Overall, this was a well-done game. The graphics are fairly nice, offering an impressive range of detailing, but this is limited to the characters. While the player can count the hairs of Castellanos's five o'clock shadow, flowers and shadows appear bulky, even pixilated, at times. The sound effects are more effective, offering an array of clangs, groans, and scuttles that left me swiveling the camera around, desperately trying to figure out if what I was hearing was a broken pipe or the hiss of something that might force me to empty my already low amount of ammo.

This can be a problem, because the camera hovers so close to the character that he takes up nearly half the screen, resulting in a lot of confusion, spinning, and sometimes, eye strain, motion sensitivity, and seizures.

The other interesting part was the difficulty. This game will kill you in dozens of ways, ranging from the mundane, such as a mutant stabbing you to death, to the occasionally hysterical, like if a bomb you're trying to disarm detonates and sends your arms to the other end of the level.

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“Gone Girl” Isn’t Going Anywhere

gone-girlIt is so typical to see Hollywood create movies where romances have happy endings, but what happens when a love story is nowhere near predictable? In the newest craze "Gone Girl," Nick (Ben Affleck) and Amy Dunne (Rosamund Pike) shows audiences what the real meaning of "on the edge of your seat" feels like.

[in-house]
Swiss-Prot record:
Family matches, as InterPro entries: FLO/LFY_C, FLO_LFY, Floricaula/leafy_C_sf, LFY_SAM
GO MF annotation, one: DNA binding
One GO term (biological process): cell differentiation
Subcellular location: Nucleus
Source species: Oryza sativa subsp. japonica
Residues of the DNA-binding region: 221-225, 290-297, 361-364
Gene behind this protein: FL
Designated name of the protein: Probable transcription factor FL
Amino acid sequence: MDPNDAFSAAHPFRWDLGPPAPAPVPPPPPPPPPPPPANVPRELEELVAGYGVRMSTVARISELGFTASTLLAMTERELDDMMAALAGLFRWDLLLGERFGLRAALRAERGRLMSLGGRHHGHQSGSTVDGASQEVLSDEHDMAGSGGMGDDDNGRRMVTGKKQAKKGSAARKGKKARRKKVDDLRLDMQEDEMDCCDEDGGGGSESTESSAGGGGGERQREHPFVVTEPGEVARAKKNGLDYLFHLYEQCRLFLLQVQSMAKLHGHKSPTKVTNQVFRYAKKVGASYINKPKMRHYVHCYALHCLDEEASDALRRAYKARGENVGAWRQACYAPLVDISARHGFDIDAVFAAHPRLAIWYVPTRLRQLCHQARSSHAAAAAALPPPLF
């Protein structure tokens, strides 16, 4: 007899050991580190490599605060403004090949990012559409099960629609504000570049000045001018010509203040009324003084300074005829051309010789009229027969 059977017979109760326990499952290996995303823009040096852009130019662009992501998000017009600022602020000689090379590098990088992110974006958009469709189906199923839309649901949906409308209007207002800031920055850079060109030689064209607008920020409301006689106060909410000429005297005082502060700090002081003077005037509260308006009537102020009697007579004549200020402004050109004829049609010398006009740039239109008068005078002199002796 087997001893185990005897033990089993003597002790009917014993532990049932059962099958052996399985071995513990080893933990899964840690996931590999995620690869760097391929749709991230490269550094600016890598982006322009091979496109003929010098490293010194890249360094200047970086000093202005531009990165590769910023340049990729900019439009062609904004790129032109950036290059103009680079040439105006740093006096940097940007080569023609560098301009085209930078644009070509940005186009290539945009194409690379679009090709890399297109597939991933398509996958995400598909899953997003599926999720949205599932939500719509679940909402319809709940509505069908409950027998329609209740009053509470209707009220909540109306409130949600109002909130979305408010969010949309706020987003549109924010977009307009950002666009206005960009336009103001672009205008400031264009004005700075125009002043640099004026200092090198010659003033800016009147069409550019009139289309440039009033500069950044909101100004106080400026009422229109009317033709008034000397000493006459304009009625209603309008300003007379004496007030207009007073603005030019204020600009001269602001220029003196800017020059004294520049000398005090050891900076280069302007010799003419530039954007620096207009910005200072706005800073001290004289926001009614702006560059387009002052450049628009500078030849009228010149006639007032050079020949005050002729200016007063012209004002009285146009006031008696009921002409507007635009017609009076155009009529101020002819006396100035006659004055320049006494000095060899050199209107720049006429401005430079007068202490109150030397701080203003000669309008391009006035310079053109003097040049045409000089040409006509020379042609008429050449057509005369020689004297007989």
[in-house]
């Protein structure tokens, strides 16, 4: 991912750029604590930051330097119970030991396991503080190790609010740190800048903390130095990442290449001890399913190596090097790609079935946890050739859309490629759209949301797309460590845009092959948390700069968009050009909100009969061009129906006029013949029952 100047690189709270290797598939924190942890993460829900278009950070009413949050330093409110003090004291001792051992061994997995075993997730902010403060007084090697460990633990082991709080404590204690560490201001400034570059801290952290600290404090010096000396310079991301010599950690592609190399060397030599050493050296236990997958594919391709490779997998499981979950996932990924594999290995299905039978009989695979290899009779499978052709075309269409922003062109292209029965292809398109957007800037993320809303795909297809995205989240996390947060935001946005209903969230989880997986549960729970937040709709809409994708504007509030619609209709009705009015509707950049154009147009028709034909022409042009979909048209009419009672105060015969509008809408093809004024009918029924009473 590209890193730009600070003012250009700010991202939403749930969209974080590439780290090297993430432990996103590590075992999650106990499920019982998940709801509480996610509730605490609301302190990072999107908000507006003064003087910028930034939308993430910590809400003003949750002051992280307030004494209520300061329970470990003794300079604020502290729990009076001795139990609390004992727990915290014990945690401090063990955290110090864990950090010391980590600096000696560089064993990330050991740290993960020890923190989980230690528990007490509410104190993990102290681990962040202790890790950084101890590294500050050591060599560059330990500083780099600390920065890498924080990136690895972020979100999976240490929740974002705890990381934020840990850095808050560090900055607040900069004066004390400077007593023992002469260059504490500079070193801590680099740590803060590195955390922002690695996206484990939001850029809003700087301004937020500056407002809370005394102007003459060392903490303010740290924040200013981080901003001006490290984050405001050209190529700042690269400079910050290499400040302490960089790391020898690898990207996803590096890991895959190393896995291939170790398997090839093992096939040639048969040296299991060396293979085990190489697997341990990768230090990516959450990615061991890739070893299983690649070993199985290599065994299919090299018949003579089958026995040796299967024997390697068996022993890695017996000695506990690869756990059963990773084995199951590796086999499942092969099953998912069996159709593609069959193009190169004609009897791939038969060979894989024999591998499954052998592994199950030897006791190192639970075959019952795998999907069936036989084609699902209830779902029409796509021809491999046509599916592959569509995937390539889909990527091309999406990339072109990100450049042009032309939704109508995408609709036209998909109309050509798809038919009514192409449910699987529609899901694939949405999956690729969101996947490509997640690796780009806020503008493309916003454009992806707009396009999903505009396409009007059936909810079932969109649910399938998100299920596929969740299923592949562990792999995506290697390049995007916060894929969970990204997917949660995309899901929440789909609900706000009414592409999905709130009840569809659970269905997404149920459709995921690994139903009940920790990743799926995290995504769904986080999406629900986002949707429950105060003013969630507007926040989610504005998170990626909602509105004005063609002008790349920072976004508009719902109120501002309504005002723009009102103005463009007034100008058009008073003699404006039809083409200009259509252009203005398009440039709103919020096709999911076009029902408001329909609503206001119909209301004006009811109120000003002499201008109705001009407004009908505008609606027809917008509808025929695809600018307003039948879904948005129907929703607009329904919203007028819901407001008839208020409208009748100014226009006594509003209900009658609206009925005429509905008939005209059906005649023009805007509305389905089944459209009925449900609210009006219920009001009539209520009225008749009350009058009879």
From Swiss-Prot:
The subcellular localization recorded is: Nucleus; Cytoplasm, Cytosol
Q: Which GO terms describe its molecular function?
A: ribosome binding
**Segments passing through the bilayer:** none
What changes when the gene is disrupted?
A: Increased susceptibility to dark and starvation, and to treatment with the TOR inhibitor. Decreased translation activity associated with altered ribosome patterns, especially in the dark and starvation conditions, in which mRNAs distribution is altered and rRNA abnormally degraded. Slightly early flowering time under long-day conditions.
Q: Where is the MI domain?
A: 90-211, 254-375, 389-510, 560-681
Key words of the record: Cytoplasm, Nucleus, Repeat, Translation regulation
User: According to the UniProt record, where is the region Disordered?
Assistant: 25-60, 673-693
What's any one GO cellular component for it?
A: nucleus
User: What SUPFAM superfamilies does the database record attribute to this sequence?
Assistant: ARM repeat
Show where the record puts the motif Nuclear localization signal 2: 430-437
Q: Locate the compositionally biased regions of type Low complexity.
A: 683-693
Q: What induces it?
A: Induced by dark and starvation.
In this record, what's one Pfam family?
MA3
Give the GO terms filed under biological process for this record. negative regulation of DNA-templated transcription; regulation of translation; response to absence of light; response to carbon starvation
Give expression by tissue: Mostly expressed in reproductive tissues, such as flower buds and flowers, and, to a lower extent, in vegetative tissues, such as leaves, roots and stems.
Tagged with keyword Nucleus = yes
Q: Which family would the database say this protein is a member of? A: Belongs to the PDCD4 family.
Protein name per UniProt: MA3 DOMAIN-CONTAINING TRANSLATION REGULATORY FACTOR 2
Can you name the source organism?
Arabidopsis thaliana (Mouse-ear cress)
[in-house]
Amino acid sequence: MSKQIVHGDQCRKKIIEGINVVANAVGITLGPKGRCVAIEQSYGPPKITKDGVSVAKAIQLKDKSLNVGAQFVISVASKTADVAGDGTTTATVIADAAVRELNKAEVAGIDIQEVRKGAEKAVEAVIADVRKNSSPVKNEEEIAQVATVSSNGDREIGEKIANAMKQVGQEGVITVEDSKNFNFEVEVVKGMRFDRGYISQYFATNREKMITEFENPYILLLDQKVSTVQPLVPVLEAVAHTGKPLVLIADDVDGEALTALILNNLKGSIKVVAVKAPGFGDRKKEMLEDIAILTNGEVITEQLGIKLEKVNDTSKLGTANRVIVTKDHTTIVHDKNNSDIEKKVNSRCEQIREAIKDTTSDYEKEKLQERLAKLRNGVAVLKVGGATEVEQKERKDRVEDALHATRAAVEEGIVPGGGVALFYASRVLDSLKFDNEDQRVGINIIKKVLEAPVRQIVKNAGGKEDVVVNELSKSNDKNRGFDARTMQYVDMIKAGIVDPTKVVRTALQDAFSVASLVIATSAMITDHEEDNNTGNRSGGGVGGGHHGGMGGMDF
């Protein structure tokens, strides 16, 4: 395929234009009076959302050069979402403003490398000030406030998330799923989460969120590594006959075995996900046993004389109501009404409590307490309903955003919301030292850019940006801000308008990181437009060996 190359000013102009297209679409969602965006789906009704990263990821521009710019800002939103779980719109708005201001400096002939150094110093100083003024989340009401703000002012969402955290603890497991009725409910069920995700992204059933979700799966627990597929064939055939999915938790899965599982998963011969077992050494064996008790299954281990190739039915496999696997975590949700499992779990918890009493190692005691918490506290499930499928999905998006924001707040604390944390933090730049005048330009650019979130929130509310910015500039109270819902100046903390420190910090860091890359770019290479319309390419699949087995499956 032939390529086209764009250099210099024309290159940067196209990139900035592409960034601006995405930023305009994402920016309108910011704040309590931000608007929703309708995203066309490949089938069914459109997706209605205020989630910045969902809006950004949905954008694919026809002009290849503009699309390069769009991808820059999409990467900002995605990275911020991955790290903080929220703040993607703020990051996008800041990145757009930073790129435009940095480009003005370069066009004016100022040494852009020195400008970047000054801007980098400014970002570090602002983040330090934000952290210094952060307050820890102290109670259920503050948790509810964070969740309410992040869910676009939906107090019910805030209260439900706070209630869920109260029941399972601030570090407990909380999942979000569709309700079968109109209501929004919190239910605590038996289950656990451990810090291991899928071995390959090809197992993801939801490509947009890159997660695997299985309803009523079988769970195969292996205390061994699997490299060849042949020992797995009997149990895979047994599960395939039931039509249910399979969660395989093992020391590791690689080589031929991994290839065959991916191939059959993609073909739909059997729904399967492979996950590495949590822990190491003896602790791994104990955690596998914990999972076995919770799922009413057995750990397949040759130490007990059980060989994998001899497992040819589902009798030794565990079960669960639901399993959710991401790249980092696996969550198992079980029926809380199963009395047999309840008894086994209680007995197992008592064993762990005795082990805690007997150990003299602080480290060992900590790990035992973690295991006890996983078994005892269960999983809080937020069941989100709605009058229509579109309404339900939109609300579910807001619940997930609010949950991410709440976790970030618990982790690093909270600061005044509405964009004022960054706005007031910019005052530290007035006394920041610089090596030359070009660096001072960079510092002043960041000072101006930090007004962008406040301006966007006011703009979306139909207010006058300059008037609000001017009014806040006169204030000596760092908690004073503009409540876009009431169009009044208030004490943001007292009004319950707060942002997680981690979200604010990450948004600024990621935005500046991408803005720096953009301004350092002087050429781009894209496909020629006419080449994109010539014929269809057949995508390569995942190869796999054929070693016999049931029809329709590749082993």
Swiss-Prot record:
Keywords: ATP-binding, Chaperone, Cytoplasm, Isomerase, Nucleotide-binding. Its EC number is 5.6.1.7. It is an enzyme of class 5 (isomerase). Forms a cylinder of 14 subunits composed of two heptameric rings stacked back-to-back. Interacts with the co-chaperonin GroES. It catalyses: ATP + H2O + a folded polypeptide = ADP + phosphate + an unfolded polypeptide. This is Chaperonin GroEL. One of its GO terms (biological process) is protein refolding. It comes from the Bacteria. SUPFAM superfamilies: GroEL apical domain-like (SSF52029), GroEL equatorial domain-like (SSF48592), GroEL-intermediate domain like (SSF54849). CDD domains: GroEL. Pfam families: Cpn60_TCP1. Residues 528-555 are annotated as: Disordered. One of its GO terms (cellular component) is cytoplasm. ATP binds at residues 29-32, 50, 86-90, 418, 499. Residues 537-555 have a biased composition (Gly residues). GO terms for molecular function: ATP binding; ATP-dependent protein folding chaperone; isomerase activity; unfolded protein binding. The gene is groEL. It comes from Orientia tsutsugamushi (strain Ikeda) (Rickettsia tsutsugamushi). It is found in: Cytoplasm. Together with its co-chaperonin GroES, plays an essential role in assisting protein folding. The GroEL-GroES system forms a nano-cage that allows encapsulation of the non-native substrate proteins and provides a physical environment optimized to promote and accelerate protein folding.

Before even entering the theatre, you think you know the story. Even with no knowledge of the book, you get a sense that this is just the usual husband kills wife plot—or at least that's what I thought.

The movie opens up with Nick going to a bar to meet his sister (Carrie Coon). Immediately, you think that he must have a drinking problem because the scene is set early in the morning. After getting a call at the bar from a neighbor about the cat being let out, Nick rushes home. While entering his kitchen, he notices that a table has been flipped upside down and smashed. He calls for his wife, but there is no answer.